After we ordered food Clyde took off to find a bathroom and while I was sitting alone the waitress came by to chat. In Spanish she made a statement, something to the effect of "so you live in Coronado?" For those reading this unfamiliar with Panamá, Coronado is a ritzy area of gated communities where many expats live. Surprised by this assumption I answered in Spanish by telling her that we live in Capira but have bought a house in Chame and will be moving soon. She went on to ask in Spanish, " so you bought a house in Punta Chame," which is also fast becoming an expat haven. To which I said no and explained that are house is in the town of Chame located in back of the police department and fire station in a Panamanian neighborhood. Then I went on to tell her that we bought an old house that needs work and we have been doing all of the work ourselves. She smiled and nodded in acceptance and when she walked away she passed by Clyde, looked at him and said "tú Panameño!" He looked at me wondering why the waitress just called him a Panamanian and I had to explain what happened in his absence.
I was surprised at the comment and wonder how many other locals assume the same when they see gringos. Since my dear, friendly husband likes to talk he usually likes to mention to those we meet along the way where we live. And then impresses them with him being a retired firefighter and paramedic for 26 years.
Now let me add that although we don't live in the affluent Coronado community, our house is just a 10 minute drive away. So we do take advantage of the modern shopping in the area, even though it's a bit more pricey than the stores in La Chorrera where we used to shop. And as for Punta Chame the gym we've been using is located there in an expat resort with a nice swimming pool. So although we don't live the life of gated community expats, we do slither in at times still wearing our Wal-Mart bargains.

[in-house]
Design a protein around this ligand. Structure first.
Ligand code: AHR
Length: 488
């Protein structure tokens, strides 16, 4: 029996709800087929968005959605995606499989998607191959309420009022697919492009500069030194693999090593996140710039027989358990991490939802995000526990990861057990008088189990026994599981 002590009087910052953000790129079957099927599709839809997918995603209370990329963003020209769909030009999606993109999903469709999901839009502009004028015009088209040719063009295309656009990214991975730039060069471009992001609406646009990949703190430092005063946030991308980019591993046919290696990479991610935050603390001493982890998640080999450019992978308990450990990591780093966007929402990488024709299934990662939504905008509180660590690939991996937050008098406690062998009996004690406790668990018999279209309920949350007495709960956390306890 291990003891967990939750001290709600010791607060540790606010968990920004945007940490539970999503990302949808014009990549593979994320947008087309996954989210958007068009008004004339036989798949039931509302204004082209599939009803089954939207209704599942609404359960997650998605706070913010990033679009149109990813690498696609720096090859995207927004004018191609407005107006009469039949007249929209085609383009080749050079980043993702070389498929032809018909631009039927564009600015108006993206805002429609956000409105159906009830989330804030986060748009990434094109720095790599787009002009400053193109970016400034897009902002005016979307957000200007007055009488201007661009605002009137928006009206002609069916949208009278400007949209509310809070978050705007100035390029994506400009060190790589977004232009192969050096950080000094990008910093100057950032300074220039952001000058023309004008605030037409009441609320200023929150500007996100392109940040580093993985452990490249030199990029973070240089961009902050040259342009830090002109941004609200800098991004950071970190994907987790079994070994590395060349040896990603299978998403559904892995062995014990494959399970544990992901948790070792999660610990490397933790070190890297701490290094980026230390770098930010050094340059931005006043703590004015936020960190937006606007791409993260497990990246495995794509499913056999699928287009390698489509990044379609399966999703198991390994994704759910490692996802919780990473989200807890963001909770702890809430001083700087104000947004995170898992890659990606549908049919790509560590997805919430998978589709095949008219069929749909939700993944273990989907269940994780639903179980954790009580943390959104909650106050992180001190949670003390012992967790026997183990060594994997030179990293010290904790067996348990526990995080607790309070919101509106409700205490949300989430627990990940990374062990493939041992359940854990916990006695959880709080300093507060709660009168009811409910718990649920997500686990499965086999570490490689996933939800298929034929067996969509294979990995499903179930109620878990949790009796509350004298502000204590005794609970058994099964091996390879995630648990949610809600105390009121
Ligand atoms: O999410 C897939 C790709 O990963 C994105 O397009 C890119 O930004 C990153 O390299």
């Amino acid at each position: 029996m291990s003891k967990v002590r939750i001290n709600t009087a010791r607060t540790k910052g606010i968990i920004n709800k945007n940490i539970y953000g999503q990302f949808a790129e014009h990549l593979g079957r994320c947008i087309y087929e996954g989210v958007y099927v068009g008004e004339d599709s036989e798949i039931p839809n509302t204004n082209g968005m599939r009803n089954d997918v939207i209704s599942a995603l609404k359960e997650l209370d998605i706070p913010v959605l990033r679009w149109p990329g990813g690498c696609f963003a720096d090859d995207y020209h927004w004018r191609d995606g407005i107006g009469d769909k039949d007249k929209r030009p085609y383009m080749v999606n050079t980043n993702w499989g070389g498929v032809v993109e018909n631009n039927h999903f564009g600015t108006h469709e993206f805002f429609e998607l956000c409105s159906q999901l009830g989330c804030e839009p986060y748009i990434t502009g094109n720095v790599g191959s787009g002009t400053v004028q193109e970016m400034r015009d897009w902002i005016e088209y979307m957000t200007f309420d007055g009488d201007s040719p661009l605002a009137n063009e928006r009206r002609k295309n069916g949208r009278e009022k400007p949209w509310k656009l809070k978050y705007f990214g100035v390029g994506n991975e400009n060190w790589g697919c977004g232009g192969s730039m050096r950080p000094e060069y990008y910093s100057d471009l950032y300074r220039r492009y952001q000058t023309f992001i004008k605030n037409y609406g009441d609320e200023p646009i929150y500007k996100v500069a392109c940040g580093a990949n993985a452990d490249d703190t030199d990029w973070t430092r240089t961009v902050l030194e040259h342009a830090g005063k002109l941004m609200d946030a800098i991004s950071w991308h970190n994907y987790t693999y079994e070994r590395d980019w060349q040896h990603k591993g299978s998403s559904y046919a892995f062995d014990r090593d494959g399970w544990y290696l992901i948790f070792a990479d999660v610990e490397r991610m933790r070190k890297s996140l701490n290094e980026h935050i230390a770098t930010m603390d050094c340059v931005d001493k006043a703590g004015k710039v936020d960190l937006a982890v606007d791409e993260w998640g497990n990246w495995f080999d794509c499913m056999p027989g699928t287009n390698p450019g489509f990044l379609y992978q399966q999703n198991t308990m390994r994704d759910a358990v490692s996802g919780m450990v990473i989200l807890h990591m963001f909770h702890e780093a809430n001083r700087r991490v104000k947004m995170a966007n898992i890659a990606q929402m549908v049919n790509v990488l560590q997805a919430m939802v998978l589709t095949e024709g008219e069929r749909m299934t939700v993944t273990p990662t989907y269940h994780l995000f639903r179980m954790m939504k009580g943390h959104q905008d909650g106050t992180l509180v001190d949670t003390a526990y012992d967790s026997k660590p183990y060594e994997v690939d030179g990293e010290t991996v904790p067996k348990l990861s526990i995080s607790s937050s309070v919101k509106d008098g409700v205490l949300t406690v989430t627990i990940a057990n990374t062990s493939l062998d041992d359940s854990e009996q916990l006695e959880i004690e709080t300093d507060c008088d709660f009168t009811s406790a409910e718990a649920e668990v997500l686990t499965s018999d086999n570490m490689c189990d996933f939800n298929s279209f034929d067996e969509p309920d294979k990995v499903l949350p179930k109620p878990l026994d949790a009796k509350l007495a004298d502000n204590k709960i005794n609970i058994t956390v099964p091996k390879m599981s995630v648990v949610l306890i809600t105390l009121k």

We enjoyed the restaurant called Delizz, as it's a lovely roadside cafe with scrumptious food. We ordered "Shrimp Ceviche" as an appetizer and a chicken dish stuffed with spinach, topped with shrimp and a white-wine cream sauce for our main course. The presentation of the dishes were incredible and the tastes indescribable. Their prices were on the high side for Panamá (our meal was around $10) but well worth the price. The place was clean and nicely decorated and the waitress was attentive and friendly. Delizz will be added to our list of good places to eat in Panamá.
Spinach Stuffed Chicken
As for progress on the house, yesterday we replaced the ceiling tile in the living and dining room areas as well as the master bedroom. It made quite the mess as we tore down 30 year old fiberglass tiles and the dirt and gecko poop fell like rain. And since Clyde was putting the tiles up, I had the task of taking the old tiles outside to the back of the property to be burned at a later time. The new ceiling looks wonderful and gives the rooms a fresh, clean new look. He also put up a new ceiling fan in the living room since that room never had one. Later I added another coat of paint to the side hallway and touched up a few areas too. Filthy and tired we showered and changed clothes before leaving the house to come back to Capira.
Into every life some gecko poop and fiberglass must fall, as we continue to fix up and knock down, making a new home out of an old one.......along the gringo trail.